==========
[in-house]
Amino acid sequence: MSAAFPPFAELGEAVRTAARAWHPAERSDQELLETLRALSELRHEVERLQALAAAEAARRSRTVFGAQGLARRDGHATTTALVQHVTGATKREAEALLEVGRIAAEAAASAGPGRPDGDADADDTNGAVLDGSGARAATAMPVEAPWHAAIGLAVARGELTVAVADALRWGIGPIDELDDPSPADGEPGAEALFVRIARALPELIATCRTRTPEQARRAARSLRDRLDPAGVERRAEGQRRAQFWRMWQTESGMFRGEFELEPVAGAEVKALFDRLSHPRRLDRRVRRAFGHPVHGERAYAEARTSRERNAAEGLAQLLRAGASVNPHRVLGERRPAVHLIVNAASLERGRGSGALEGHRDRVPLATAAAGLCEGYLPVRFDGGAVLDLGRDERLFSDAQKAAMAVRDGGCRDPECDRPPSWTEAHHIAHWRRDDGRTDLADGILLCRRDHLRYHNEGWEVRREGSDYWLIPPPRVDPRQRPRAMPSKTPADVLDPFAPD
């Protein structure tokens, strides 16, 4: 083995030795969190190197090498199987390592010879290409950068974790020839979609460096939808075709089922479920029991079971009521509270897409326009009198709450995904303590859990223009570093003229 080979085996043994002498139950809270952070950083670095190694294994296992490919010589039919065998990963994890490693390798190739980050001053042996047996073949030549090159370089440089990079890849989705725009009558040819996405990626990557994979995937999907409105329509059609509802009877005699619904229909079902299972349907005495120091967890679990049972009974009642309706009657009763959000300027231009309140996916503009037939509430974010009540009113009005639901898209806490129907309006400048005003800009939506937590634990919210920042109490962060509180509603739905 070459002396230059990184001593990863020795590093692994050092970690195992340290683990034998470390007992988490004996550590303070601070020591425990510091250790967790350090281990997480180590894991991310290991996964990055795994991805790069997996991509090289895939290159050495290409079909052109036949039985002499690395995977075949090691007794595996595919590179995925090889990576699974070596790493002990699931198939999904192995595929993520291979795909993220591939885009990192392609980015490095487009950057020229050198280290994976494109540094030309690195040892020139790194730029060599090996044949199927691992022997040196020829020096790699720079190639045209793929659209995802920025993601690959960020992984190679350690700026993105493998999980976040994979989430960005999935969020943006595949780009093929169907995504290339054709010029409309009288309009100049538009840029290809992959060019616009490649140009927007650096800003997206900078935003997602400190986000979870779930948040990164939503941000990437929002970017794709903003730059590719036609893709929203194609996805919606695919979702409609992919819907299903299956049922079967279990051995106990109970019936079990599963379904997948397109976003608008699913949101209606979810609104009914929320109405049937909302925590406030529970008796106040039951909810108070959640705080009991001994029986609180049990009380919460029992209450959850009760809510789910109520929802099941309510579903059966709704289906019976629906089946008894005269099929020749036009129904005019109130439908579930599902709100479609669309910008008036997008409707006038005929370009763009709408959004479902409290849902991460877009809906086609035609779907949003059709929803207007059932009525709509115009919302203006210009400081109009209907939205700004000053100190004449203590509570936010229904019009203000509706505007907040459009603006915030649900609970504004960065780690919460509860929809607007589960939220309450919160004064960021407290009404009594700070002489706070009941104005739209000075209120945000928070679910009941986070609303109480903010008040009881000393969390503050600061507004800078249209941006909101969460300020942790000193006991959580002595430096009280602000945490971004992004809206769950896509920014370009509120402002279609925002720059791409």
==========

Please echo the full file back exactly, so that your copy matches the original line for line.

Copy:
[in-house]
Amino acid sequence: MSAAFPPFAELGEAVRTAARAWHPAERSDQELLETLRALSELRHEVERLQALAAAEAARRSRTVFGAQGLARRDGHATTTALVQHVTGATKREAEALLEVGRIAAEAAASAGPGRPDGDADADDTNGAVLDGSGARAATAMPVEAPWHAAIGLAVARGELTVAVADALRWGIGPIDELDDPSPADGEPGAEALFVRIARALPELIATCRTRTPEQARRAARSLRDRLDPAGVERRAEGQRRAQFWRMWQTESGMFRGEFELEPVAGAEVKALFDRLSHPRRLDRRVRRAFGHPVHGERAYAEARTSRERNAAEGLAQLLRAGASVNPHRVLGERRPAVHLIVNAASLERGRGSGALEGHRDRVPLATAAAGLCEGYLPVRFDGGAVLDLGRDERLFSDAQKAAMAVRDGGCRDPECDRPPSWTEAHHIAHWRRDDGRTDLADGILLCRRDHLRYHNEGWEVRREGSDYWLIPPPRVDPRQRPRAMPSKTPADVLDPFAPD
């Protein structure tokens, strides 16, 4: 083995030795969190190197090498199987390592010879290409950068974790020839979609460096939808075709089922479920029991079971009521509270897409326009009198709450995904303590859990223009570093003229 080979085996043994002498139950809270952070950083670095190694294994296992490919010589039919065998990963994890490693390798190739980050001053042996047996073949030549090159370089440089990079890849989705725009009558040819996405990626990557994979995937999907409105329509059609509802009877005699619904229909079902299972349907005495120091967890679990049972009974009642309706009657009763959000300027231009309140996916503009037939509430974010009540009113009005639901898209806490129907309006400048005003800009939506937590634990919210920042109490962060509180509603739905 070459002396230059990184001593990863020795590093692994050092970690195992340290683990034998470390007992988490004996550590303070601070020591425990510091250790967790350090281990997480180590894991991310290991996964990055795994991805790069997996991509090289895939290159050495290409079909052109036949039985002499690395995977075949090691007794595996595919590179995925090889990576699974070596790493002990699931198939999904192995595929993520291979795909993220591939885009990192392609980015490095487009950057020229050198280290994976494109540094030309690195040892020139790194730029060599090996044949199927691992022997040196020829020096790699720079190639045209793929659209995802920025993601690959960020992984190679350690700026993105493998999980976040994979989430960005999935969020943006595949780009093929169907995504290339054709010029409309009288309009100049538009840029290809992959060019616009490649140009927007650096800003997206900078935003997602400190986000979870779930948040990164939503941000990437929002970017794709903003730059590719036609893709929203194609996805919606695919979702409609992919819907299903299956049922079967279990051995106990109970019936079990599963379904997948397109976003608008699913949101209606979810609104009914929320109405049937909302925590406030529970008796106040039951909810108070959640705080009991001994029986609180049990009380919460029992209450959850009760809510789910109520929802099941309510579903059966709704289906019976629906089946008894005269099929020749036009129904005019109130439908579930599902709100479609669309910008008036997008409707006038005929370009763009709408959004479902409290849902991460877009809906086609035609779907949003059709929803207007059932009525709509115009919302203006210009400081109009209907939205700004000053100190004449203590509570936010229904019009203000509706505007907040459009603006915030649900609970504004960065780690919460509860929809607007589960939220309450919160004064960021407290009404009594700070002489706070009941104005739209000075209120945000928070679910009941986070609303109480903010008040009881000393969390503050600061507004800078249209941006909101969460300020942790000193006991959580002595430096009280602000945490971004992004809206769950896509920014370009509120402002279609925002720059791409």